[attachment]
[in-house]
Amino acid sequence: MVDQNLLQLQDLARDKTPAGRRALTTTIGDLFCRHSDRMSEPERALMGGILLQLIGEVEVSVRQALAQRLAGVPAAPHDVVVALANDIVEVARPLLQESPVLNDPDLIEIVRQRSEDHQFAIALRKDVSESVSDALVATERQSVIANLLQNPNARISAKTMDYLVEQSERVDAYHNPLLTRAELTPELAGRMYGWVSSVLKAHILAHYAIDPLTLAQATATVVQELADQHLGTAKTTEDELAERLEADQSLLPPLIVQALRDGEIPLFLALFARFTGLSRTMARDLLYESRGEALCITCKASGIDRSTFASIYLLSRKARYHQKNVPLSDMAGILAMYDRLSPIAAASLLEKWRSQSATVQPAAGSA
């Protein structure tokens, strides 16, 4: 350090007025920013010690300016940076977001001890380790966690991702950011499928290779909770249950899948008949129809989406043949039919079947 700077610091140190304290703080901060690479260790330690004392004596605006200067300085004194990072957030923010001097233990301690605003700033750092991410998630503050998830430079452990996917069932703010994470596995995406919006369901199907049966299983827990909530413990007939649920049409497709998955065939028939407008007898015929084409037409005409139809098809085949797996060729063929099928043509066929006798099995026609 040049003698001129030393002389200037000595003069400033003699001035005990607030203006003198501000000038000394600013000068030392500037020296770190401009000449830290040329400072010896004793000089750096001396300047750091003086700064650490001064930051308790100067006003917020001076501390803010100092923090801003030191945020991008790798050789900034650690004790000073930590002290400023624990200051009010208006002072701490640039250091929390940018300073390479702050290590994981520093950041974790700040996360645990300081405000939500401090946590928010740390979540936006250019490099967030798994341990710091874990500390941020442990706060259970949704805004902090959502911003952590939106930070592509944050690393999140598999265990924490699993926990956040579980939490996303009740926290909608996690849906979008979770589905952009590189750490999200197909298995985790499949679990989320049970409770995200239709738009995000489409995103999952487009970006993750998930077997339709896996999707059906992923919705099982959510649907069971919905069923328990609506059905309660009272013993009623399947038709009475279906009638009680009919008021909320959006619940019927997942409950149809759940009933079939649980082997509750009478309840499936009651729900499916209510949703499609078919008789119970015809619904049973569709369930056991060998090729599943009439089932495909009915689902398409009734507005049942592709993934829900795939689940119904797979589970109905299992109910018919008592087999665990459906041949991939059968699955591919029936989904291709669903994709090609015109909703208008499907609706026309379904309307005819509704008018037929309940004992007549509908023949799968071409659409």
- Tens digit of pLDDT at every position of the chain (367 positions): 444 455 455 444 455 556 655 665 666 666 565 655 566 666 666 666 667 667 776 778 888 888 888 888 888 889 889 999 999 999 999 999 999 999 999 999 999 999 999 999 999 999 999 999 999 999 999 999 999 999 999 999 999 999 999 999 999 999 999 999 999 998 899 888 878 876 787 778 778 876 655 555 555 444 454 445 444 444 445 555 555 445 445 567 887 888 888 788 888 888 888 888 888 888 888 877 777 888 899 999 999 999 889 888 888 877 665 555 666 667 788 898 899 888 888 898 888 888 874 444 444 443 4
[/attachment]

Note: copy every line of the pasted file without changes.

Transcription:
[in-house]
Amino acid sequence: MVDQNLLQLQDLARDKTPAGRRALTTTIGDLFCRHSDRMSEPERALMGGILLQLIGEVEVSVRQALAQRLAGVPAAPHDVVVALANDIVEVARPLLQESPVLNDPDLIEIVRQRSEDHQFAIALRKDVSESVSDALVATERQSVIANLLQNPNARISAKTMDYLVEQSERVDAYHNPLLTRAELTPELAGRMYGWVSSVLKAHILAHYAIDPLTLAQATATVVQELADQHLGTAKTTEDELAERLEADQSLLPPLIVQALRDGEIPLFLALFARFTGLSRTMARDLLYESRGEALCITCKASGIDRSTFASIYLLSRKARYHQKNVPLSDMAGILAMYDRLSPIAAASLLEKWRSQSATVQPAAGSA
């Protein structure tokens, strides 16, 4: 350090007025920013010690300016940076977001001890380790966690991702950011499928290779909770249950899948008949129809989406043949039919079947 700077610091140190304290703080901060690479260790330690004392004596605006200067300085004194990072957030923010001097233990301690605003700033750092991410998630503050998830430079452990996917069932703010994470596995995406919006369901199907049966299983827990909530413990007939649920049409497709998955065939028939407008007898015929084409037409005409139809098809085949797996060729063929099928043509066929006798099995026609 040049003698001129030393002389200037000595003069400033003699001035005990607030203006003198501000000038000394600013000068030392500037020296770190401009000449830290040329400072010896004793000089750096001396300047750091003086700064650490001064930051308790100067006003917020001076501390803010100092923090801003030191945020991008790798050789900034650690004790000073930590002290400023624990200051009010208006002072701490640039250091929390940018300073390479702050290590994981520093950041974790700040996360645990300081405000939500401090946590928010740390979540936006250019490099967030798994341990710091874990500390941020442990706060259970949704805004902090959502911003952590939106930070592509944050690393999140598999265990924490699993926990956040579980939490996303009740926290909608996690849906979008979770589905952009590189750490999200197909298995985790499949679990989320049970409770995200239709738009995000489409995103999952487009970006993750998930077997339709896996999707059906992923919705099982959510649907069971919905069923328990609506059905309660009272013993009623399947038709009475279906009638009680009919008021909320959006619940019927997942409950149809759940009933079939649980082997509750009478309840499936009651729900499916209510949703499609078919008789119970015809619904049973569709369930056991060998090729599943009439089932495909009915689902398409009734507005049942592709993934829900795939689940119904797979589970109905299992109910018919008592087999665990459906041949991939059968699955591919029936989904291709669903994709090609015109909703208008499907609706026309379904309307005819509704008018037929309940004992007549509908023949799968071409659409």
- Tens digit of pLDDT at every position of the chain (367 positions): 444 455 455 444 455 556 655 665 666 666 565 655 566 666 666 666 667 667 776 778 888 888 888 888 888 889 889 999 999 999 999 999 999 999 999 999 999 999 999 999 999 999 999 999 999 999 999 999 999 999 999 999 999 999 999 999 999 999 999 999 999 998 899 888 878 876 787 778 778 876 655 555 555 444 454 445 444 444 445 555 555 445 445 567 887 888 888 788 888 888 888 888 888 888 888 877 777 888 899 999 999 999 889 888 888 877 665 555 666 667 788 898 899 888 888 898 888 888 874 444 444 443 4